As we first revealed last month, the application to proceed with the mass redevelopment of 12 contiguous Central SoMa parcels stretching from 400 Second Street to 665 Harrison has formally been submitted to Planning. And we now have the latest set of renderings of the proposed development, which has been dubbed One Vassar, to share.

Once again, two towers are proposed to rise up to 350 feet in height upon the 400 Second and 657 Harrison Street lots, heights which neighbors are actively fighting to have reduced.

As designed by Skidmore Owings & Merrill (SOM), the 400 Second Street tower would yield 433,000 square feet of office space, with an additional 11,200 square feet of Production, Distribution and Repair (PDR); 6,000 square feet of retail; a basement garage for 187 cars and an enclosed “winter garden” POPOS fronting Second Street.

At the other end of the site, a residential tower designed by Solomon Cordwell Buenz (SCB) would yield 491 apartments over a 14,000-square-foot childcare facility, 1,700 square feet of retail space and a basement garage for 136 cars.

And atop the historic building at 645 Harrison Street, a modern addition designed by SOM would rise to a height of 200 feet and yield a new 469-room hotel while the first floor of the existing building would be converted into 24,000 square feet of retail space, configured as a “market hall,” with 76,000 square feet of office space and 33,000 square feet of PDR across the floors above and an 8,400-square-foot plaza between the new market hall/hotel and residential tower, connecting Harrison and Perry.

And if the plans are approved and the height limits per San Francisco’s Central SoMa are upheld, the project team is now eyeing the spring of 2021 to start construction on the $420 million infill project, a development which will be phased and take a minimum of 45 months to complete.  We’ll keep you posted and plugged-in.

19 thoughts on “Challenged Central SoMa Development Closer to Reality”
  1. I’m not seeing a lot of neighbors to object. I suppose the building on the end of the block…but since the project is to the north east of them it will a miniscule impact on their light.

      1. Jesus. It looks like the first rendering is from around the vicinity of Blu. Which makes me wonder…in what way does this project impact Blu AT ALL? Insane.

        1. According to the challenge filed on behalf of Jonathan Berk, a professor of finance at the Stanford Graduate School of Business who resides in a penthouse [at BLU] overlooking the area which was up-zoned by the Plan, in addition to “exacerbating the City’s already critical jobs-housing imbalance,” the Plan “will also cause a large number of serious and substantial adverse impacts on traffic and air quality, the inevitable consequence of introducing a massive new population of commuting workers and new residents into a dense, tightly congested area already suffering from nearly constant workday traffic jams.”

          The new towers would also impact views from buildings which overlook the area. But of course, views aren’t protected (and their loss isn’t a sound basis for a legal challenge).

        2. Blu is lower right corner of the first rendering…so I assume these buildings would block much of his Bay view (hence the attempted lawsuit relying on spurious reasoning).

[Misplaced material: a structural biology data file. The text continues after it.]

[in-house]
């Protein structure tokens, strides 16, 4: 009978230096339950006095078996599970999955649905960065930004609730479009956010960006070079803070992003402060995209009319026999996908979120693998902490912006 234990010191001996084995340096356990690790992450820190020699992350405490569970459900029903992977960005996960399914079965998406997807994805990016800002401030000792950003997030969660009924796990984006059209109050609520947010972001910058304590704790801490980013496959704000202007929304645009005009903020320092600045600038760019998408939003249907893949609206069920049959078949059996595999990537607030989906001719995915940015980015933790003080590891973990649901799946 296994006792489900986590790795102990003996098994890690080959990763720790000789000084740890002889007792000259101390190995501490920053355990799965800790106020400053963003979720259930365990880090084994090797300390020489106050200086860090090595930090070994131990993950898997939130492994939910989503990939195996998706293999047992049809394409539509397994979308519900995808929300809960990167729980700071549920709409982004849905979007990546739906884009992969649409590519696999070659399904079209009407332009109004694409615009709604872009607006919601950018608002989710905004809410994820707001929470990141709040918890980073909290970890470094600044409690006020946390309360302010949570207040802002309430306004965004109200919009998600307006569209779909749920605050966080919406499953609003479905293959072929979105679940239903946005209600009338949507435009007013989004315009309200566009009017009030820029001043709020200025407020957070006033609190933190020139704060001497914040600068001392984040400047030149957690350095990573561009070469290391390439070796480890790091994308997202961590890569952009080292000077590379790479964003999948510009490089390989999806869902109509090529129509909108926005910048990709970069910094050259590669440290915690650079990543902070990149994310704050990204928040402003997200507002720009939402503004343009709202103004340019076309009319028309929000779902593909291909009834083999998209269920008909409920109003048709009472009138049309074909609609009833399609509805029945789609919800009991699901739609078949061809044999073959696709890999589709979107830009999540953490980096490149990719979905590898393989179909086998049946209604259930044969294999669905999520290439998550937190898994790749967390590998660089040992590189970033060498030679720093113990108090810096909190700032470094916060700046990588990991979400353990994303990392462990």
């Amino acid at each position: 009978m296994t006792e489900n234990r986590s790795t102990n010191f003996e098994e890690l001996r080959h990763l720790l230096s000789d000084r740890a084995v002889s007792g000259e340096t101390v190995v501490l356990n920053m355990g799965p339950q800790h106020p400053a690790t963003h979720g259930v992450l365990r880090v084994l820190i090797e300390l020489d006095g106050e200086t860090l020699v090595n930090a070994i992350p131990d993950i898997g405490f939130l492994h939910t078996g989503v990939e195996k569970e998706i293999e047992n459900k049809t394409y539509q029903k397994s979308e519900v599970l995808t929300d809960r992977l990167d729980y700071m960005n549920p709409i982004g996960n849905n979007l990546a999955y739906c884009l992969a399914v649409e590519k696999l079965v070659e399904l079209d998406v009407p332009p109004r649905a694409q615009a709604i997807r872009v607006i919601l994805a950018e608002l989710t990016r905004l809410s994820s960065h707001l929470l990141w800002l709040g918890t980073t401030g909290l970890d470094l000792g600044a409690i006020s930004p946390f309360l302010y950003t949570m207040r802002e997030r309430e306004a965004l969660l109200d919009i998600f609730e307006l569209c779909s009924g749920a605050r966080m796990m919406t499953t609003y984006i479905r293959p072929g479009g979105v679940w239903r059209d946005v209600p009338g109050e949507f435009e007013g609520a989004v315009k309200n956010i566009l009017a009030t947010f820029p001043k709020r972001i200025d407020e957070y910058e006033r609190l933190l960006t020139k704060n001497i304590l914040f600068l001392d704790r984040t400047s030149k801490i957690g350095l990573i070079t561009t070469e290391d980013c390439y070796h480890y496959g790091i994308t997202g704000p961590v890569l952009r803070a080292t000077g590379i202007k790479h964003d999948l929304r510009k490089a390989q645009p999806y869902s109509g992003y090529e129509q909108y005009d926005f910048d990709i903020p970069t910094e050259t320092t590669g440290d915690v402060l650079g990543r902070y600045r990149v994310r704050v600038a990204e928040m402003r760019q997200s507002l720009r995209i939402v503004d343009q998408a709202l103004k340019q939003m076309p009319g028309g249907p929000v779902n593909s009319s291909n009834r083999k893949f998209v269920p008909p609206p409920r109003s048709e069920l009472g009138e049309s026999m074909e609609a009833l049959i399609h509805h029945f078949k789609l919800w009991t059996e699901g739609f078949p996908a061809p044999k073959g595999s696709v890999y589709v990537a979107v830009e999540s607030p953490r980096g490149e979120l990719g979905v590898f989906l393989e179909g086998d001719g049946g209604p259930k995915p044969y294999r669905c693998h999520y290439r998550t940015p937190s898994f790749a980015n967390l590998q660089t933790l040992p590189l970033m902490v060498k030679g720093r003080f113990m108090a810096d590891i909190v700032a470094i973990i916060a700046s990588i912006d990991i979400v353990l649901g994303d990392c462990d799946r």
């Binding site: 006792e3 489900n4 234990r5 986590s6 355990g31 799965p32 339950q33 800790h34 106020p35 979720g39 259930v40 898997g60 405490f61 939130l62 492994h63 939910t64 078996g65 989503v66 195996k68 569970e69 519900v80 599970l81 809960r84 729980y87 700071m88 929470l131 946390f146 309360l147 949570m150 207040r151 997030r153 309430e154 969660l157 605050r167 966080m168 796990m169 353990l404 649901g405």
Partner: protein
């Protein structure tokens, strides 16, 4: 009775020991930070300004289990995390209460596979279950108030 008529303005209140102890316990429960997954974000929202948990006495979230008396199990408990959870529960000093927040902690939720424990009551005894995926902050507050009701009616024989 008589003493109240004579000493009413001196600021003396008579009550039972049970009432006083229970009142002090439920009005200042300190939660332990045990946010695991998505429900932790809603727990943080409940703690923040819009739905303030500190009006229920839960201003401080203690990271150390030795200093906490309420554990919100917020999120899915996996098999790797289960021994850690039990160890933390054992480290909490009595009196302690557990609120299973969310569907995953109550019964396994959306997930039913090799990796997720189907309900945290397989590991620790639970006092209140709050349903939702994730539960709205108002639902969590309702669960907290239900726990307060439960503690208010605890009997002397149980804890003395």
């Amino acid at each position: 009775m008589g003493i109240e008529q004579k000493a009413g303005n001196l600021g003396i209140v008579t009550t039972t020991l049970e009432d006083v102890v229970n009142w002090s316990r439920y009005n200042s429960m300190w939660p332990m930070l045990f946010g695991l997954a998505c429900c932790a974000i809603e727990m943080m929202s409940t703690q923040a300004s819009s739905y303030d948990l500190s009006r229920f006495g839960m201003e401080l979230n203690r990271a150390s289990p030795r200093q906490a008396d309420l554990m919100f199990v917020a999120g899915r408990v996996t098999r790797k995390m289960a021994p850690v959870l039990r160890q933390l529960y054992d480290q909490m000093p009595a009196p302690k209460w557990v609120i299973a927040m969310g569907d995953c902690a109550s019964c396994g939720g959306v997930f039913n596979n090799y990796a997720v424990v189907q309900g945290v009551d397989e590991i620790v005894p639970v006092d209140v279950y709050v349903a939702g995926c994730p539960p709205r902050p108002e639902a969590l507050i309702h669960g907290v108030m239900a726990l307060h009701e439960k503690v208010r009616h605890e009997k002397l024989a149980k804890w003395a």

2. Are the neighbors who are complaining people in cars on the highway?

    This part of the “neighborhood” has 0 going on. I used to work in one of the buildings that will be demolished. Would be great if Harrison st was actually nice to walk down.

    1. I work in one of the buildings across the street from this project and this would be a welcome change. Harrison street is basically a freeway, and this stretch in particular has extremely narrow sidewalks and a depressing aesthetic, basically post-industrial wasteland.

  3. Can someone tell me what aspect of 645 Harrison Street is historic? I did a quick google image search and got a brief look at the exterior. That tiny middle section that probably leads to the main lobby has a tiny hint of art deco design. You’ve got to be kidding me right? And a hotel atop several floors of PDR? Bizarro land this SF is.

  4. The extreme NIMBYISM and ability for people to delay or halt projects never but fails to amaze me.

    It’s like we do all we can to only make it as time consuming and litigious as possible to do anything in SF and then we wonder why both commercial and residential property costs so much.

    Socketsite has been reporting on this build effort for almost 7 years! Build it already.

    1. The developers were the primary reason for the long delay in actually proceeding to construction. Initially the proposed project was conceived by something called “Cresleigh” which was new and completely unknown to San Francisco. Unclear if they still involved.

  5. Wonderful please build it. The NIMBY’s have been winning in SF for a long time, but now enough is enough. We need more development on both the office & housing front.

  6. The 0.28 parking ratio for the apartments is fairly good (low) as high-rises go, but the office parking ratio seems really high. Why not zero spaces for the office building? I can see the argument for residents to need to drive to visit family in the suburbs on weekends, but literally no one should be driving to work 2 blocks from the Transbay Terminal.

  7. You can definitely tell which buildings were built by SOM and which was by SCB… Just saying 🙁

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